“MATE, I HAVE BEEN A PROFESSIONAL SKIPPER IN THESE WATERS FOR 15 YEARS, I HAVE SAILED TO THESE ISLANDS PLENTY OF TIME AND I AM TELLING YOU NOW, DON’T GO MATE. I WOULDN’T GO, NO WAY. TOO RISKY. THINGS ARE UNSETTLED UP THERE, MATE, IT IS STILL TOO EARLY TO LEAVE WITH A FORECAST LIKE THIS. NO WAY YOU WANT TO TO OUTRUNNING ONE OF THOSE PUPPIES. BEST CASE SCENARIO YOU DEAL WITH A COUPLE OF DAYS OF NORTH WINDS, BUT WORST CASE COULD FIND YOU IN A FULL SURVIVAL SITUATION.”
“Err, really? You don’t think the forecast may change, this wasn’t here yesterday, maybe it wont be here for long.”
“MATE, NOT WORTH IT. WAIT. DON’T GO. TOO RISKY” He turns to leave “I GOTTA RUN, MATE, GOOD LUCK, IF YOU KNOW OF ANY OTHER BOATS LEAVING, TELL EM TO WAIT TILL THE UPPER ATMOSPHERE STABILIZES. WHEN IT IS LIKE THIS THOSE LOW’S COULD DROP DOWN ANYWHERE, AND THAT IS WHY THE FORECAST IS CHANGING SO MUCH FROM DAY TO DAY. YOU’LL GET A GOOD WINDOW SOON ENOUGH”
With those words, he closed the door and was gone. We have not seen him since, nor had we ever seen him before. With all the unknowns surrounding the decision, it was refreshing to hear a good, honest, definitive and decisive opinion from someone who clearly knows what he is talking about. Generally after turning away from a decision to go, there is always the lingering doubt that you made a bad decision, and that everything would have been fine had you left. Time will certainly tell – when April 26th rolls around and we are still tied to the Opua dock, we will either be looking at a plot of a friendly ocean north of us, OR, at the isobars of a full fledged storm. What really counts, and what you have to believe is that you made the best decision at the time, with the information available to you at the time. Never is the expression that hindsight is 20/20 more true that when judging a weather window after the fact. Even now, 24 hours after deciding not to go, the forecast has changed remarkably, for the better. Boats that decided not to go yesterday, left this morning. We did not. Who knows what tomorrow will bring? For the sake of us not second guessing ourselves, we hope that the storm does develop and justify our decision to stay put, BUT, for the sake of the other boats that did leave, I hope the weather stays clear and the winds fair. The decision to leave can only be made by each individual boat, and one must be very careful not to get sucked into the momentum of a mass departure. One may feel safe out there with lots of other boats around, but the truth of the matter is that once a storm hits, you are very very alone.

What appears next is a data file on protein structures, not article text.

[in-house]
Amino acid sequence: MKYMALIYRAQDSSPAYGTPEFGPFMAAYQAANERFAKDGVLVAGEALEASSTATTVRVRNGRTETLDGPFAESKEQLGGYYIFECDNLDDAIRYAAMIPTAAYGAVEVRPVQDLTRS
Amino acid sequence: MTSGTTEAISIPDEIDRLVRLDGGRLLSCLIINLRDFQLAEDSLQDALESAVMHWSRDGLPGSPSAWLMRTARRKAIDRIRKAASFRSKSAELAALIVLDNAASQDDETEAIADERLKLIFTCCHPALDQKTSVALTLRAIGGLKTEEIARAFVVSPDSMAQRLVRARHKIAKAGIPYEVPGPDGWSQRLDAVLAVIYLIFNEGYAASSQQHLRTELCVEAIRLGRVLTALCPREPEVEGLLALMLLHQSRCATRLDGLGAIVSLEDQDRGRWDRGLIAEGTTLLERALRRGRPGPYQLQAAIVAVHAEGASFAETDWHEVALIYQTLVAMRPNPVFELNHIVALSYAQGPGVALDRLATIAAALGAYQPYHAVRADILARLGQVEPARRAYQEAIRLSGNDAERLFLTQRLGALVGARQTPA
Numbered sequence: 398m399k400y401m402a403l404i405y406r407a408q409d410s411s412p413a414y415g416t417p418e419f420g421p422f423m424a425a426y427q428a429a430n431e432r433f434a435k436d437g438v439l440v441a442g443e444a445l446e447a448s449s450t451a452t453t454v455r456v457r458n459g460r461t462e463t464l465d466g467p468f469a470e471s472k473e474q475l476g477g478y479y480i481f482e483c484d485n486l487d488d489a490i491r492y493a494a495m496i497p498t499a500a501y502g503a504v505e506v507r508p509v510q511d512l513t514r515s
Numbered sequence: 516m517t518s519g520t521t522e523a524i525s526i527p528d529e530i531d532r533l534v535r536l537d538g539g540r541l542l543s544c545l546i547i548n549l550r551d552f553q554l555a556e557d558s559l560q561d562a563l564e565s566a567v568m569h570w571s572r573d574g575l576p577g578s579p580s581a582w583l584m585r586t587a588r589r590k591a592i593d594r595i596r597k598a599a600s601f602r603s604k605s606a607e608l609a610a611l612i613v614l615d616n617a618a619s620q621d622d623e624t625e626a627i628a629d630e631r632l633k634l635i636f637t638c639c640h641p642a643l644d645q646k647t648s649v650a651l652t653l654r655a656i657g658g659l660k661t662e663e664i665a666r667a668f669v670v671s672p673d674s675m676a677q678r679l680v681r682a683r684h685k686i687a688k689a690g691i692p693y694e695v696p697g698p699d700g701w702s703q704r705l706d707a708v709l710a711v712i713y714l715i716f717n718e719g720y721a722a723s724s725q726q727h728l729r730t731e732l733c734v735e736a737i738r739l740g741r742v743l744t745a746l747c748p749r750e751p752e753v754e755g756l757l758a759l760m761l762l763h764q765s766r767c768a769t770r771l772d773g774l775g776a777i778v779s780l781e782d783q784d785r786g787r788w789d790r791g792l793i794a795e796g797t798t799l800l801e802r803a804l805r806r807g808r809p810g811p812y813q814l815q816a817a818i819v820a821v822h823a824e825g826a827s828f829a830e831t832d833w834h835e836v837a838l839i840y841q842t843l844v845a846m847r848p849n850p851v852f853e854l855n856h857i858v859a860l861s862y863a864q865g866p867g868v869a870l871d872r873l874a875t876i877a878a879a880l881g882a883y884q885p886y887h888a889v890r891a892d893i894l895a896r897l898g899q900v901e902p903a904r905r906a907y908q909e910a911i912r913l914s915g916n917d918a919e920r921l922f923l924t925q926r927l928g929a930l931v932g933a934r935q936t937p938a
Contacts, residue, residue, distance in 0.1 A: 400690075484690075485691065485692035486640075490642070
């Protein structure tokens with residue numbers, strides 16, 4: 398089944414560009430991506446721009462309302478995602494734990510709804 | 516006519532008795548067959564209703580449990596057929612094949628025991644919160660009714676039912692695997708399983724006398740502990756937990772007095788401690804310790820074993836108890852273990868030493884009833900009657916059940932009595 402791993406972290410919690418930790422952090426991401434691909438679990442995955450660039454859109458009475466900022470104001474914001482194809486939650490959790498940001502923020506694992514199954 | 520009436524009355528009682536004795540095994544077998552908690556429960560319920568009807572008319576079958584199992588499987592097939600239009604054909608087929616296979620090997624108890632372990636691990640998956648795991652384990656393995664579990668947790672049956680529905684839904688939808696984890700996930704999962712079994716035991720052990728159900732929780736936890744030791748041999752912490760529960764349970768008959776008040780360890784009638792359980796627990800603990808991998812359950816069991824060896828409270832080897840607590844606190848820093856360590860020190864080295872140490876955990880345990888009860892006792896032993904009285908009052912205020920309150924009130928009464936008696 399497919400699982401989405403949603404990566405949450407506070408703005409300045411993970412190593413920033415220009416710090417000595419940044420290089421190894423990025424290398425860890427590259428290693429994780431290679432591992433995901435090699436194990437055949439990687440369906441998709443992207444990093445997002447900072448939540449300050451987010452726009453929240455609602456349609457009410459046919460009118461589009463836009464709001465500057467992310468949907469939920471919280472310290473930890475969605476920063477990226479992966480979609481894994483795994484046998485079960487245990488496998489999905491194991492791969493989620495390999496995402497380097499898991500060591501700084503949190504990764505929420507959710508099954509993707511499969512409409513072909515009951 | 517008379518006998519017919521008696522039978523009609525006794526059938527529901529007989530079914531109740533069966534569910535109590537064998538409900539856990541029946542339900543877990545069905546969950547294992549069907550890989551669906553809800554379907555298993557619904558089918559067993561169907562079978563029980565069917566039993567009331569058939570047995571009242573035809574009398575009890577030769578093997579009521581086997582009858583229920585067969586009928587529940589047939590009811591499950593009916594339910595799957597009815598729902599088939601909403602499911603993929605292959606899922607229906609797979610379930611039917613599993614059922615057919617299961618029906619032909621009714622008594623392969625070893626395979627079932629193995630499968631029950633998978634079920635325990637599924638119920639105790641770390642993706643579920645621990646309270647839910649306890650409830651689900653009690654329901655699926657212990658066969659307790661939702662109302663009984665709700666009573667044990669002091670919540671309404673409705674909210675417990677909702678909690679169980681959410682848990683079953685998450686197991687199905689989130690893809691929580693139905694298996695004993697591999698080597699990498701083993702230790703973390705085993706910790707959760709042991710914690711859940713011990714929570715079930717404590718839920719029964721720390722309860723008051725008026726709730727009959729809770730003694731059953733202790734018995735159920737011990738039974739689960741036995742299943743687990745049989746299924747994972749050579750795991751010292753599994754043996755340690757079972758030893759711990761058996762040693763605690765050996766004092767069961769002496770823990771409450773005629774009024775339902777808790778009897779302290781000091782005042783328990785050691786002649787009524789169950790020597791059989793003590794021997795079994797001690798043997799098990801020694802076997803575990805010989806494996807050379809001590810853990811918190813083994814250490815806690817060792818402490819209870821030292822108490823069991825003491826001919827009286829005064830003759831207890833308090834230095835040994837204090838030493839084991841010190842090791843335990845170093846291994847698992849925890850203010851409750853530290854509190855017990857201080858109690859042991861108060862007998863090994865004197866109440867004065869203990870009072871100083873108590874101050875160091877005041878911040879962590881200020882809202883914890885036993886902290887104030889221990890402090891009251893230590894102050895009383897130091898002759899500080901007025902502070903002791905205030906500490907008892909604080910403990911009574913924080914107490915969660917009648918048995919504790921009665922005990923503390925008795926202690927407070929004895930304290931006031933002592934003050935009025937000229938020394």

So here we are – we sit and wait, and wait and leave when all looks good! Currently, the long range forecasts are predicting a good window on 1 May. Watch this space J